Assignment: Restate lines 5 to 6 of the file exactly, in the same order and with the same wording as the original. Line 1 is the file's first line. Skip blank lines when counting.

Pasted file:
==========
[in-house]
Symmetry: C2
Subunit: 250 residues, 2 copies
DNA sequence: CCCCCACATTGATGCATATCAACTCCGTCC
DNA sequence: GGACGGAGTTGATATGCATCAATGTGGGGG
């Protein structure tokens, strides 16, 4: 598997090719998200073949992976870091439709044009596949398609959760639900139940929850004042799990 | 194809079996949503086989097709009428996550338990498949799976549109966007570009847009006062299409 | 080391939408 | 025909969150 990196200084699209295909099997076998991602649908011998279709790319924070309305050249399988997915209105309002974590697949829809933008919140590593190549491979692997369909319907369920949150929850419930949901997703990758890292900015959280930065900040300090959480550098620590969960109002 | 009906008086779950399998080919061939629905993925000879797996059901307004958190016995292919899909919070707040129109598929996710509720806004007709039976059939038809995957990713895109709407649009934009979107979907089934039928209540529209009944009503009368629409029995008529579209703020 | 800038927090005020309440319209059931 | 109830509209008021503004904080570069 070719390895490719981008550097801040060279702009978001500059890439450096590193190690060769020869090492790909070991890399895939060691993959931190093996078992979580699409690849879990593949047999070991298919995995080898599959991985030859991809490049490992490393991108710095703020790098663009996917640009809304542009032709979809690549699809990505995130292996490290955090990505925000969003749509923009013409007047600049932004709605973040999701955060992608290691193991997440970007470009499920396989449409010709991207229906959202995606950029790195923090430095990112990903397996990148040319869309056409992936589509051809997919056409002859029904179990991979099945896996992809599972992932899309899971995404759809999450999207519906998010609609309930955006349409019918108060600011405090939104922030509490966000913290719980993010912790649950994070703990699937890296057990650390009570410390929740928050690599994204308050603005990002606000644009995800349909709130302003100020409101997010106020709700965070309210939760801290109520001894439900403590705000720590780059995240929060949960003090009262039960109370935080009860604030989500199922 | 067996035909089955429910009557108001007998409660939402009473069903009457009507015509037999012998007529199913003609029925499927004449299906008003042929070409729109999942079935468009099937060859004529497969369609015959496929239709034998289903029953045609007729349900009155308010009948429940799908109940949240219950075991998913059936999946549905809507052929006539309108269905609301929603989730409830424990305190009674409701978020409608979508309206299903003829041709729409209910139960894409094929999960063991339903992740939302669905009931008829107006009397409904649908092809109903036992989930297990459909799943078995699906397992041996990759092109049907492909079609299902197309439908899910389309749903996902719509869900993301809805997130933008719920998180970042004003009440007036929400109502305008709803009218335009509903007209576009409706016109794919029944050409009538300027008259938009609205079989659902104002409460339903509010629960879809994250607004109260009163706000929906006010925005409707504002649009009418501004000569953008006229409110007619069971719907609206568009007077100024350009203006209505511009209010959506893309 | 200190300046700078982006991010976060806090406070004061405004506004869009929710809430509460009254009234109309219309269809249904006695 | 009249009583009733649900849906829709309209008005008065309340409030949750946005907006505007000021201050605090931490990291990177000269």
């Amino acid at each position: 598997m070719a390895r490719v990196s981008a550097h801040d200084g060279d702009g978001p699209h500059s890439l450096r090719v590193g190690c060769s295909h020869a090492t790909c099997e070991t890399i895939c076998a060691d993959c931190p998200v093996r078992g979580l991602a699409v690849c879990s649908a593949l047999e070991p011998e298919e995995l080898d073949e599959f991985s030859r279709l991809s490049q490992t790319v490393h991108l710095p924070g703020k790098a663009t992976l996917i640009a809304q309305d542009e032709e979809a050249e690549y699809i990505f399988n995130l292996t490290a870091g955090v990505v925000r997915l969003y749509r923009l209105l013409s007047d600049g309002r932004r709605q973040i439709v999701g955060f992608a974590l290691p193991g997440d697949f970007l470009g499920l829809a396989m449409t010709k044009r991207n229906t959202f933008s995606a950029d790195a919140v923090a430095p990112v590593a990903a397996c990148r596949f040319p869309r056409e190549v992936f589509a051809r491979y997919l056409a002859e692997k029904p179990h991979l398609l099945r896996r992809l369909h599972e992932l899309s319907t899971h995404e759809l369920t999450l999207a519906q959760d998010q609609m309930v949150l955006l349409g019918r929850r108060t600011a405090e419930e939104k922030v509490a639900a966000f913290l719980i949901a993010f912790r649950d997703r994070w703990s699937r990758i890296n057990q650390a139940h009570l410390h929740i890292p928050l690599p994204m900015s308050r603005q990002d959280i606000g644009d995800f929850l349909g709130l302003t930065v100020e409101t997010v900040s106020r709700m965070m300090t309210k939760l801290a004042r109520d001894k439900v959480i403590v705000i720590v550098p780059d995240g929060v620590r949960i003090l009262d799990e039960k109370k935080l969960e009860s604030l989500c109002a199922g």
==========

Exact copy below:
DNA sequence: GGACGGAGTTGATATGCATCAATGTGGGGG
């Protein structure tokens, strides 16, 4: 598997090719998200073949992976870091439709044009596949398609959760639900139940929850004042799990 | 194809079996949503086989097709009428996550338990498949799976549109966007570009847009006062299409 | 080391939408 | 025909969150 990196200084699209295909099997076998991602649908011998279709790319924070309305050249399988997915209105309002974590697949829809933008919140590593190549491979692997369909319907369920949150929850419930949901997703990758890292900015959280930065900040300090959480550098620590969960109002 | 009906008086779950399998080919061939629905993925000879797996059901307004958190016995292919899909919070707040129109598929996710509720806004007709039976059939038809995957990713895109709407649009934009979107979907089934039928209540529209009944009503009368629409029995008529579209703020 | 800038927090005020309440319209059931 | 109830509209008021503004904080570069 070719390895490719981008550097801040060279702009978001500059890439450096590193190690060769020869090492790909070991890399895939060691993959931190093996078992979580699409690849879990593949047999070991298919995995080898599959991985030859991809490049490992490393991108710095703020790098663009996917640009809304542009032709979809690549699809990505995130292996490290955090990505925000969003749509923009013409007047600049932004709605973040999701955060992608290691193991997440970007470009499920396989449409010709991207229906959202995606950029790195923090430095990112990903397996990148040319869309056409992936589509051809997919056409002859029904179990991979099945896996992809599972992932899309899971995404759809999450999207519906998010609609309930955006349409019918108060600011405090939104922030509490966000913290719980993010912790649950994070703990699937890296057990650390009570410390929740928050690599994204308050603005990002606000644009995800349909709130302003100020409101997010106020709700965070309210939760801290109520001894439900403590705000720590780059995240929060949960003090009262039960109370935080009860604030989500199922 | 067996035909089955429910009557108001007998409660939402009473069903009457009507015509037999012998007529199913003609029925499927004449299906008003042929070409729109999942079935468009099937060859004529497969369609015959496929239709034998289903029953045609007729349900009155308010009948429940799908109940949240219950075991998913059936999946549905809507052929006539309108269905609301929603989730409830424990305190009674409701978020409608979508309206299903003829041709729409209910139960894409094929999960063991339903992740939302669905009931008829107006009397409904649908092809109903036992989930297990459909799943078995699906397992041996990759092109049907492909079609299902197309439908899910389309749903996902719509869900993301809805997130933008719920998180970042004003009440007036929400109502305008709803009218335009509903007209576009409706016109794919029944050409009538300027008259938009609205079989659902104002409460339903509010629960879809994250607004109260009163706000929906006010925005409707504002649009009418501004000569953008006229409110007619069971719907609206568009007077100024350009203006209505511009209010959506893309 | 200190300046700078982006991010976060806090406070004061405004506004869009929710809430509460009254009234109309219309269809249904006695 | 009249009583009733649900849906829709309209008005008065309340409030949750946005907006505007000021201050605090931490990291990177000269």